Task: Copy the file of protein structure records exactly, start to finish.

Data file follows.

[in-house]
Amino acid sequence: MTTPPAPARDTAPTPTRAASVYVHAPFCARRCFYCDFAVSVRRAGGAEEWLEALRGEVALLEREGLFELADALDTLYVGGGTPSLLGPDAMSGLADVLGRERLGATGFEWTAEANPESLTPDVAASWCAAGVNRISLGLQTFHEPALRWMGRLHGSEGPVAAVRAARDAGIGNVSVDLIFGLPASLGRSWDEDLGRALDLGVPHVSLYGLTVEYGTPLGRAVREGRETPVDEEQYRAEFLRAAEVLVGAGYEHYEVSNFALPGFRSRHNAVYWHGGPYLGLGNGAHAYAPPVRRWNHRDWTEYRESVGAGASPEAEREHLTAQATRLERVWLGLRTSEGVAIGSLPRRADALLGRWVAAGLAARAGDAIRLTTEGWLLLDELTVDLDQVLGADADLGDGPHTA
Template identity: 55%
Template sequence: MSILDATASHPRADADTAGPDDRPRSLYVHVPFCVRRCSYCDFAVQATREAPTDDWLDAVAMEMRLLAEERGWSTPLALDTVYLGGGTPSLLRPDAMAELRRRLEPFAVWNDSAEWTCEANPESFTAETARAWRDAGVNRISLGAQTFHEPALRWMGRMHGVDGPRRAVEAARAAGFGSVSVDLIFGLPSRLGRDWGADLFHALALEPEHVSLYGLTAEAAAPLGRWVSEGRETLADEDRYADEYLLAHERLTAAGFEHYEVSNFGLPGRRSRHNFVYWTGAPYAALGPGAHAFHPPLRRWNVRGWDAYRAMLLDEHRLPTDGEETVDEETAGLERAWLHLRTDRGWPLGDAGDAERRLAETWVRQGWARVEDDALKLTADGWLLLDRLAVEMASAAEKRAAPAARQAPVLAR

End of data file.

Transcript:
[in-house]
Amino acid sequence: MTTPPAPARDTAPTPTRAASVYVHAPFCARRCFYCDFAVSVRRAGGAEEWLEALRGEVALLEREGLFELADALDTLYVGGGTPSLLGPDAMSGLADVLGRERLGATGFEWTAEANPESLTPDVAASWCAAGVNRISLGLQTFHEPALRWMGRLHGSEGPVAAVRAARDAGIGNVSVDLIFGLPASLGRSWDEDLGRALDLGVPHVSLYGLTVEYGTPLGRAVREGRETPVDEEQYRAEFLRAAEVLVGAGYEHYEVSNFALPGFRSRHNAVYWHGGPYLGLGNGAHAYAPPVRRWNHRDWTEYRESVGAGASPEAEREHLTAQATRLERVWLGLRTSEGVAIGSLPRRADALLGRWVAAGLAARAGDAIRLTTEGWLLLDELTVDLDQVLGADADLGDGPHTA
Template identity: 55%
Template sequence: MSILDATASHPRADADTAGPDDRPRSLYVHVPFCVRRCSYCDFAVQATREAPTDDWLDAVAMEMRLLAEERGWSTPLALDTVYLGGGTPSLLRPDAMAELRRRLEPFAVWNDSAEWTCEANPESFTAETARAWRDAGVNRISLGAQTFHEPALRWMGRMHGVDGPRRAVEAARAAGFGSVSVDLIFGLPSRLGRDWGADLFHALALEPEHVSLYGLTAEAAAPLGRWVSEGRETLADEDRYADEYLLAHERLTAAGFEHYEVSNFGLPGRRSRHNFVYWTGAPYAALGPGAHAFHPPLRRWNVRGWDAYRAMLLDEHRLPTDGEETVDEETAGLERAWLHLRTDRGWPLGDAGDAERRLAETWVRQGWARVEDDALKLTADGWLLLDRLAVEMASAAEKRAAPAARQAPVLAR